Q. I am editing a first-edition ecology textbook, which uses both footnotes in tables and variables in equations. In the first chapter, the author italicized the variables, and I added italic to the footnote superscripts. However, a subsequent chapter (written by a different author) does not use italics in equation variables set in text or their subscripts. In situations such as this, is it my responsibility to set a style, or should I follow the author’s style? I find that these contradictory situations occur with regard to hyphenations and such as well. Please help me put an end to this type of confusion!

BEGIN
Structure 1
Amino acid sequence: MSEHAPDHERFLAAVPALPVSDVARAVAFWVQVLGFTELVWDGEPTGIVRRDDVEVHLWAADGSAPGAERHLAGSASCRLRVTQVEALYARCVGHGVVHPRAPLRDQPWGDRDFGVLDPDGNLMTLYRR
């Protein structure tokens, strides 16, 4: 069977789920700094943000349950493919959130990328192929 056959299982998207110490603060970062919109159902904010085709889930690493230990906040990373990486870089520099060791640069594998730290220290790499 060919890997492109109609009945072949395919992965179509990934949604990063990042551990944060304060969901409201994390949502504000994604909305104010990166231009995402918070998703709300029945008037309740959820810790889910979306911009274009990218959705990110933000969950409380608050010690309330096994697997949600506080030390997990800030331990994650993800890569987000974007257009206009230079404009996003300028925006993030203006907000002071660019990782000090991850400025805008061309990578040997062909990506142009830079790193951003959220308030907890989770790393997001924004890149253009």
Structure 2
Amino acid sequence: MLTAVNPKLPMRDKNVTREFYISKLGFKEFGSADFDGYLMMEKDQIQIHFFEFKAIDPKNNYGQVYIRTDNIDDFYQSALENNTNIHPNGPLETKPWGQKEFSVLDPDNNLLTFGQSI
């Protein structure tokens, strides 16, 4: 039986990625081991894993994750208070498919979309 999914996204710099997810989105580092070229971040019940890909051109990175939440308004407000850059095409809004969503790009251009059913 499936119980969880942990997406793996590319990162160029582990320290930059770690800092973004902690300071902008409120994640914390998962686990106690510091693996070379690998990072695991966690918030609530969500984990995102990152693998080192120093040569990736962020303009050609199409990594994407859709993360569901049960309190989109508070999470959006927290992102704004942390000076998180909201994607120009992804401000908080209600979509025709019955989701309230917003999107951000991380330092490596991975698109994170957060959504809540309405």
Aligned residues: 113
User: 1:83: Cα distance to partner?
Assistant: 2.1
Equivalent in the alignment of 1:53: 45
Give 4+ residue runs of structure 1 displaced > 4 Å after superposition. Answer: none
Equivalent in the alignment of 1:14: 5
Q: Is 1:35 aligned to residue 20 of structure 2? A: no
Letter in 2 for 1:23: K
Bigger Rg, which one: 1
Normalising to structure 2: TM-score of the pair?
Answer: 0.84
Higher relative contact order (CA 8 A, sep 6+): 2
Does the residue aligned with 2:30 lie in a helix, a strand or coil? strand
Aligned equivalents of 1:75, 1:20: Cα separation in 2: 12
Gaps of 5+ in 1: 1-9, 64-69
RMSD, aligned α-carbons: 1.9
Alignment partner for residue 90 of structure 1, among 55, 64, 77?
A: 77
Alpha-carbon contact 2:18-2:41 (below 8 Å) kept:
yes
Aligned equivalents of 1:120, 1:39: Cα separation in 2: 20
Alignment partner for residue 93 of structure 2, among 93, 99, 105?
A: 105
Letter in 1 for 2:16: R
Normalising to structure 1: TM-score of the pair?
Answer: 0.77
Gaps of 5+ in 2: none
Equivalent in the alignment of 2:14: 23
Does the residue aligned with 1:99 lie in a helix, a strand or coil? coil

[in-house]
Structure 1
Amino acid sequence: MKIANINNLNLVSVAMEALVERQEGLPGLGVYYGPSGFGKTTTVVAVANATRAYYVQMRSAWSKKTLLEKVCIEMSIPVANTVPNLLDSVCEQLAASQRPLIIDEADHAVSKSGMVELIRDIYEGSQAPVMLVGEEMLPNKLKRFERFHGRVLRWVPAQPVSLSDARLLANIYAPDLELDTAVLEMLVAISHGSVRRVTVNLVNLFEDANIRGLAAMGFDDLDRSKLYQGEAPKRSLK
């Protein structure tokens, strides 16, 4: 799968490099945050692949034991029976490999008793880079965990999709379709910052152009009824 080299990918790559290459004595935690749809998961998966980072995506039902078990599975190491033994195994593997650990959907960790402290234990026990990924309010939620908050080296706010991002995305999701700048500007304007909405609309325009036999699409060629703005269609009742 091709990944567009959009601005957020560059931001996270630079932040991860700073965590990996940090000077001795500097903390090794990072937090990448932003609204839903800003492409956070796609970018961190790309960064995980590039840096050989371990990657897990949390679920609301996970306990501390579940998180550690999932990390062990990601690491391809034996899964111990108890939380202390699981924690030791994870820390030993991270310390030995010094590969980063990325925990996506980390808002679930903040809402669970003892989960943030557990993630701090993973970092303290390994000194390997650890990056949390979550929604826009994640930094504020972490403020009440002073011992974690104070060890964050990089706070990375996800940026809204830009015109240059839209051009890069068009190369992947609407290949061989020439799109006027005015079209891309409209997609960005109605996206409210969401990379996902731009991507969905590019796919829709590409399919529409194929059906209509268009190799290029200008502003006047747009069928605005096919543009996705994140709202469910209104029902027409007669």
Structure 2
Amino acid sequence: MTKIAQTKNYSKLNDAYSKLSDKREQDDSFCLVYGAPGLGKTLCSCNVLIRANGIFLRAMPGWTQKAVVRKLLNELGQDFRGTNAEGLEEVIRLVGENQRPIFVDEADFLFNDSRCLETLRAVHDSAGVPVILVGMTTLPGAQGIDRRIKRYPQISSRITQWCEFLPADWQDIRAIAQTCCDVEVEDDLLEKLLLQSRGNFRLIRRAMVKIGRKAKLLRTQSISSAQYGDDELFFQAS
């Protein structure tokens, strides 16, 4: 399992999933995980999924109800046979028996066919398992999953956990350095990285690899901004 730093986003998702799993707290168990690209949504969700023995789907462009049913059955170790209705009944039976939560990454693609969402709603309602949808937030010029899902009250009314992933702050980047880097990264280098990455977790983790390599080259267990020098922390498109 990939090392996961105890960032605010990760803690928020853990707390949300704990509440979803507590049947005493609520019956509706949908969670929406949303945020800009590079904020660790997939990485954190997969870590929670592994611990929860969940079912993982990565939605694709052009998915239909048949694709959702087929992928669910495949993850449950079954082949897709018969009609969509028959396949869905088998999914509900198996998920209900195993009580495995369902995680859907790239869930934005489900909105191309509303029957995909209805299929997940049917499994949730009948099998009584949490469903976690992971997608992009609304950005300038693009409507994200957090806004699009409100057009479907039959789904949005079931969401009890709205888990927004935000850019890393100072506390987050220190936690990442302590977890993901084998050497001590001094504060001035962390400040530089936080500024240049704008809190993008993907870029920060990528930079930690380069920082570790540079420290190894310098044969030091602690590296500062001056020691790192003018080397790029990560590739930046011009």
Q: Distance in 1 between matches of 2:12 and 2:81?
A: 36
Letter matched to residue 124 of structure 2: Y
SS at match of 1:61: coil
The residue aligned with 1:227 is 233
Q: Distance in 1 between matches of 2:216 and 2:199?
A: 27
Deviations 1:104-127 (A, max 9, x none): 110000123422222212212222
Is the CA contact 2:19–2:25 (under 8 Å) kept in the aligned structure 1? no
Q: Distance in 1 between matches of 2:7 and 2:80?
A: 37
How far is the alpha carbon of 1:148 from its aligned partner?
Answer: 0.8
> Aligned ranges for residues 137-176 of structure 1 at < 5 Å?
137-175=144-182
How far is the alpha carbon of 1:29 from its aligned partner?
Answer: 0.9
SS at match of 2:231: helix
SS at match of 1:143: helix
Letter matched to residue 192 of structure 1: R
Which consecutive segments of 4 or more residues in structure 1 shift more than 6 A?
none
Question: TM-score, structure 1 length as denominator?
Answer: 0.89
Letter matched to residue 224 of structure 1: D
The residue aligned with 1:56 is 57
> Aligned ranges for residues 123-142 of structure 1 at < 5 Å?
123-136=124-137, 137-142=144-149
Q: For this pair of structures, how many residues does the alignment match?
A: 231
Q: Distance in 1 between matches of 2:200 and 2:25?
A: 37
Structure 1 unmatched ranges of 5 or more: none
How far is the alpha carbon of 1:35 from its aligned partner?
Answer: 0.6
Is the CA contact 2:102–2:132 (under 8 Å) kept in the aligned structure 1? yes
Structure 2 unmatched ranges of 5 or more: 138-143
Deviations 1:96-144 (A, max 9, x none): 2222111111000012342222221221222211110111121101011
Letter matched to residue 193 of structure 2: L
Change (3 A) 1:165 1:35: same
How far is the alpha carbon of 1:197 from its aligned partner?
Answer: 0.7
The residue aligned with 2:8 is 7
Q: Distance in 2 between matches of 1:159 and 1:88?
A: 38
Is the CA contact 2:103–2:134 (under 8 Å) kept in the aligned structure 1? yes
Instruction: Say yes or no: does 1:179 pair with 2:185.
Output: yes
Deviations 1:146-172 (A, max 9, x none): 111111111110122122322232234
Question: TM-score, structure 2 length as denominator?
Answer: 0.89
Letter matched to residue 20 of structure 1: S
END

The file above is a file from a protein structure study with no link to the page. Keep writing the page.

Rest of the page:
A. This is exactly what style manuals were invented for: so that editors can impose consistency as they read without stopping to ponder each issue as it arises. Style manuals also tend to be based on long-term observation of style trends, so that consulting a manual can save an editor from an embarrassing departure from convention. Rather than let whichever author comes first in the book dictate the style (do I hear a collective gasp?), check a manual like CMOS and find that footnote superscripts are normally set in roman type and mathematical variables are set in italics.